Performance Levels At A Glance

Click here for a printable version of this table.

Level Icon


Turning Ability

• Off shore waters with waves
• Longer time to wait for rescue
• Will turn most people from a face down position and hold them in a safe position with no additional action by the user to maintain the position
• Provides legacy Type I performance


• Calm or sheltered waters
• Some time to wait for rescue
• Will turn most people from a face down position
• Provides legacy Type I performance


• Calm or sheltered waters
• Close to shore, or help is near to hand
• Will turn most people from a face down position
Provides legacy Type II performance


• Calm or sheltered waters
• Close to shore, or help is near to hand
Provides legacy Type III performance


• For smooth and partially smooth waters
• Intended for use by strong swimmers who are near to bank or shore, or have help and a means of rescue close at hand



• Designed to be thrown to an overboard person as as supplemental buoyancy
• Not for unconscious persons, non-swimmers or children
Provides legacy Type IV performance

Special Use

• Special use device that met either legacy Type I, II, or III standards
• Check label for specifications

*Turns most people. Test in water before first use.

Life Jacket Design Types

Inherent: These life jackets are always buoyant and are offered in a variety of performance levels. They are adjustable and usually made of foam that floats automatically without any action required by the wearer. These life jackets are equipped with multiple buckles and clasps to keep them secure and come in a wide range of styles and colors. They can be bulky, but are easy to maintain.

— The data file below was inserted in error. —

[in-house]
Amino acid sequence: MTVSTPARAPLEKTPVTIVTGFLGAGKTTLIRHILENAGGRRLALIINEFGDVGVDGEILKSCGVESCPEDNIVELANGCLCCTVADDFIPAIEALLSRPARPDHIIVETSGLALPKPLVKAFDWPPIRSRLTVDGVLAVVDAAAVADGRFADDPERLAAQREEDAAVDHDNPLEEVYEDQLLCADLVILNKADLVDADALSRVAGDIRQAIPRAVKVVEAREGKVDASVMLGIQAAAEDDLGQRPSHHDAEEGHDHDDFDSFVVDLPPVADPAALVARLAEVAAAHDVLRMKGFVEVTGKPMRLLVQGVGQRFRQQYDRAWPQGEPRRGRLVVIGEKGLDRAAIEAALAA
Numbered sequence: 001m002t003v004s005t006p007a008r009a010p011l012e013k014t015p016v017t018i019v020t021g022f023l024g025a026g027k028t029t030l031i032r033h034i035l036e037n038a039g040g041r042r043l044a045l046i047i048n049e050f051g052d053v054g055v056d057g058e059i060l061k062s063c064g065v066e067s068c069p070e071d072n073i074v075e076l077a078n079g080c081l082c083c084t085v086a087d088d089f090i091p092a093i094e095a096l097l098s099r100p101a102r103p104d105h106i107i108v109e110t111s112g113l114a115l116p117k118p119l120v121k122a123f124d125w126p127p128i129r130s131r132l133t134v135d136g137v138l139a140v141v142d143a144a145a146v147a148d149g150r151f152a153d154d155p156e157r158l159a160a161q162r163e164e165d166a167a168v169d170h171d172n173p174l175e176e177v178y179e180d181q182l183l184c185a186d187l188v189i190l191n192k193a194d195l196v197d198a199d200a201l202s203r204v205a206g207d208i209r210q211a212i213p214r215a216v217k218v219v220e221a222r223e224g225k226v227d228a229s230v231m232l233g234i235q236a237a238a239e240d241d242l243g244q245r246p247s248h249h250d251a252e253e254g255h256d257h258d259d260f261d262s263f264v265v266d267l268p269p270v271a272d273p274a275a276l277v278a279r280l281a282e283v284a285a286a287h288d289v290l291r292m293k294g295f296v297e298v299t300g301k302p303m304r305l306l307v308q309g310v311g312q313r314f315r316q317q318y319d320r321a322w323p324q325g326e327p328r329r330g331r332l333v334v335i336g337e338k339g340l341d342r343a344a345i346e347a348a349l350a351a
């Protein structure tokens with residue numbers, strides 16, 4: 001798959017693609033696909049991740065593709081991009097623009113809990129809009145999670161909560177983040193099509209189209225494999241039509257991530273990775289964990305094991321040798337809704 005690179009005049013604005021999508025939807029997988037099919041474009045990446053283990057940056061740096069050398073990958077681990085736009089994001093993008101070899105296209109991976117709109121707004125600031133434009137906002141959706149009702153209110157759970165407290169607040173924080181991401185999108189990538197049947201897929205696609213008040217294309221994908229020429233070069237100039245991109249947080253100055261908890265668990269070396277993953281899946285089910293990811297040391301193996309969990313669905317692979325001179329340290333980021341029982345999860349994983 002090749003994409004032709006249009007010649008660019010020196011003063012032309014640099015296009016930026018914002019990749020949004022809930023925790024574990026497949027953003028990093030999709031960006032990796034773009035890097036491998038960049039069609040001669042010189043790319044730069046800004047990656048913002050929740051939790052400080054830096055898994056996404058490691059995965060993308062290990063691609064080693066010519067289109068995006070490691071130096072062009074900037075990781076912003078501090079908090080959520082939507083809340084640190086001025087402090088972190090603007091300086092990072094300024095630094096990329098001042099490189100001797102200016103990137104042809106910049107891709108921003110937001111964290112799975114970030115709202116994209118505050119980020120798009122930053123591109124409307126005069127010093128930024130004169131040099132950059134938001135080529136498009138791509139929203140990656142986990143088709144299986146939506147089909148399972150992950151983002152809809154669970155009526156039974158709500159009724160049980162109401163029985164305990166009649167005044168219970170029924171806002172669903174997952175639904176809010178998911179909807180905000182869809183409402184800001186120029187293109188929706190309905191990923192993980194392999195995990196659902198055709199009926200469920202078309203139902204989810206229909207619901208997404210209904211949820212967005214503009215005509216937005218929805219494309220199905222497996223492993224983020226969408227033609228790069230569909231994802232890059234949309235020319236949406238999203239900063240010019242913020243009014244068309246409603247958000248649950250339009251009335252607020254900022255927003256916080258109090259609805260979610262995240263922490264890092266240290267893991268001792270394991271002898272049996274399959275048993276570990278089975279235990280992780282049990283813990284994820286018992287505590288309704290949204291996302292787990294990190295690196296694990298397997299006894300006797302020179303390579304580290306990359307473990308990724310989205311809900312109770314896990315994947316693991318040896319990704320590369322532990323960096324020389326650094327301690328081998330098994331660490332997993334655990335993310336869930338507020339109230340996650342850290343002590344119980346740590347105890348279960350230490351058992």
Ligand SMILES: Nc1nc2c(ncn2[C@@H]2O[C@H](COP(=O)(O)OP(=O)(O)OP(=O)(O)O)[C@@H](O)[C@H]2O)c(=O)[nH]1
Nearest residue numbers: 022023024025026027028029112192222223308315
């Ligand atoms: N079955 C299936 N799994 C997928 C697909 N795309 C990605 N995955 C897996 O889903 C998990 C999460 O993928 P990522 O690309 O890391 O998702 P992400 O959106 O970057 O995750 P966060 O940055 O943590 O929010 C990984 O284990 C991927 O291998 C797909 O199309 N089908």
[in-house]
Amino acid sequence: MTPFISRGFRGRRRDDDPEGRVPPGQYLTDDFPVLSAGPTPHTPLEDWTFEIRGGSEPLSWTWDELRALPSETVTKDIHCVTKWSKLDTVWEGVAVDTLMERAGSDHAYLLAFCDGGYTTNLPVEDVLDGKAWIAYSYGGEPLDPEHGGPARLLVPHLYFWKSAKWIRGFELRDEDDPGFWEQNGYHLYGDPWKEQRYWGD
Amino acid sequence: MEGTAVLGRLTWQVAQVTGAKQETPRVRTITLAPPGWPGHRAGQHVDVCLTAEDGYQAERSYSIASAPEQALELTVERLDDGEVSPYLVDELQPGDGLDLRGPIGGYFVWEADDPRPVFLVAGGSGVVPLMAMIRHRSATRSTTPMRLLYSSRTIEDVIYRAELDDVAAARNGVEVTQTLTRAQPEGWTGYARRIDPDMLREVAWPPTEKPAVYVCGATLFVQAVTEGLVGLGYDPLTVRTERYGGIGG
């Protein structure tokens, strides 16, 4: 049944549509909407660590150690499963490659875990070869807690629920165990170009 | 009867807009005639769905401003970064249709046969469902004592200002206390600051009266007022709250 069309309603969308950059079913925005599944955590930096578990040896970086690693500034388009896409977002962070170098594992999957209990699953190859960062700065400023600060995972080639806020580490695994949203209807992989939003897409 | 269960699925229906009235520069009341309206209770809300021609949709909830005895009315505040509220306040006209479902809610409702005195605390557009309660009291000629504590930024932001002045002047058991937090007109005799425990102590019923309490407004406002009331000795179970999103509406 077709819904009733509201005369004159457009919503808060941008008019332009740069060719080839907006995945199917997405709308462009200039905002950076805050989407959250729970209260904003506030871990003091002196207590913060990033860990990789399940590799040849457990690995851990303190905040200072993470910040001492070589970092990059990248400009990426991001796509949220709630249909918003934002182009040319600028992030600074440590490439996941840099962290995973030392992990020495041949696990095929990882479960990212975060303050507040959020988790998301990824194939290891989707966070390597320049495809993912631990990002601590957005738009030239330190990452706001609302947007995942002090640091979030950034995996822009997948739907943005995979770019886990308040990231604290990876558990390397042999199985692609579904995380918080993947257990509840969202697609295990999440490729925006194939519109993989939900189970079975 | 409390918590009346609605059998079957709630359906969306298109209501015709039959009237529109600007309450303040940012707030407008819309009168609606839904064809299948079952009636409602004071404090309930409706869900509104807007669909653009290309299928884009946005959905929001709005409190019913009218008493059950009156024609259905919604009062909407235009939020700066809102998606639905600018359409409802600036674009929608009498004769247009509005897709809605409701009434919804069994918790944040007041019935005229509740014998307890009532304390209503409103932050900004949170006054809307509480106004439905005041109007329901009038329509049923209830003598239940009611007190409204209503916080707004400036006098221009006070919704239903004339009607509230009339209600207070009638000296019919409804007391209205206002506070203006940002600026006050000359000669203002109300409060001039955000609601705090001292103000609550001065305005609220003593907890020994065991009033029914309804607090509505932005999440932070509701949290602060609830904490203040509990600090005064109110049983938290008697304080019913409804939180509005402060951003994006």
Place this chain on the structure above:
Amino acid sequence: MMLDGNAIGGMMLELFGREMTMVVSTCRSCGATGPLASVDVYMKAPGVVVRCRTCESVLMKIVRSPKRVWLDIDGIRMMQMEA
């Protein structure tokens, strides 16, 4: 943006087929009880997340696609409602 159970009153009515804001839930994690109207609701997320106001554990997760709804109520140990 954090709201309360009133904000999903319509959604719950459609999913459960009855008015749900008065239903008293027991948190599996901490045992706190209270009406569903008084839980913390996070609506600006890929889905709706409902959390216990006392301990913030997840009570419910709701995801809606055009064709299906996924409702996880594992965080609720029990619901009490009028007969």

Inflatable: These devices use activated gas canisters to inflate chamber(s), and can be manual or automatic. Automatic inflatables inflate upon immersion in water, while manual inflatable jackets activate when the wearer pulls on the inflation tube. They can be one or the other or a combination of both. These life jackets are low profile, but require regular maintenance on the canister and inflatable chambers. Not recommended for weak or non-swimmers.

Hybrid/Multi-Chamber: A combination of flotation and inflation, these devices provide immediate (Level 50) buoyancy that is supplemented with an inflatable chamber(s). The inflation gives the user additional support that can include turning and freeboard. Read the label for full Level Performance and be aware of the performance ability of the device for the intended application.

Throwable: Like the name says, this device is meant to be thrown vs worn. They are designed to be thrown to an overboard person or to supplement the buoyancy of a person overboard. Common styles are float cushions and throwable life rings. These devices must be available for immediate use in case of an emergency. Not for unconscious persons, non-swimmer or children.

Special Purpose: These devices are designed for specific activities and often require extra training or action by the user. Some features may be added, increased or adapted, such as: extra buoyancy in white water rafting, additional hi-visibility for fire fighting/rescue/law enforcement, inflatable belt pouches or manual inflation devices. Be aware of the performance ability of the device for the intended application.